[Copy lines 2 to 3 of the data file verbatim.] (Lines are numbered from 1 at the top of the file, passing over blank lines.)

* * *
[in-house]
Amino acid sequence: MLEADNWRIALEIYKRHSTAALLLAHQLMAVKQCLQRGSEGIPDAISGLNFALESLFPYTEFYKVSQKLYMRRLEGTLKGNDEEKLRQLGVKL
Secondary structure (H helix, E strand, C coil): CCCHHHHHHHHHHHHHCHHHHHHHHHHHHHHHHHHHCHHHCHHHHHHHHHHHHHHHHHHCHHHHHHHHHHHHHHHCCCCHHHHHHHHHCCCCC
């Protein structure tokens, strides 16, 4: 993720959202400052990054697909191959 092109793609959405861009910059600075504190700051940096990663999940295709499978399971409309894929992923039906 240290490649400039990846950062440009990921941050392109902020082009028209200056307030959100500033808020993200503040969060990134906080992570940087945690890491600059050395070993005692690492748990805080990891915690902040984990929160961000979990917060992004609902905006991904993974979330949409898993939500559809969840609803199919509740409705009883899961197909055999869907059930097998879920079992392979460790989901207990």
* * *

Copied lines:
Amino acid sequence: MLEADNWRIALEIYKRHSTAALLLAHQLMAVKQCLQRGSEGIPDAISGLNFALESLFPYTEFYKVSQKLYMRRLEGTLKGNDEEKLRQLGVKL
Secondary structure (H helix, E strand, C coil): CCCHHHHHHHHHHHHHCHHHHHHHHHHHHHHHHHHHCHHHCHHHHHHHHHHHHHHHHHHCHHHHHHHHHHHHHHHCCCCHHHHHHHHHCCCCC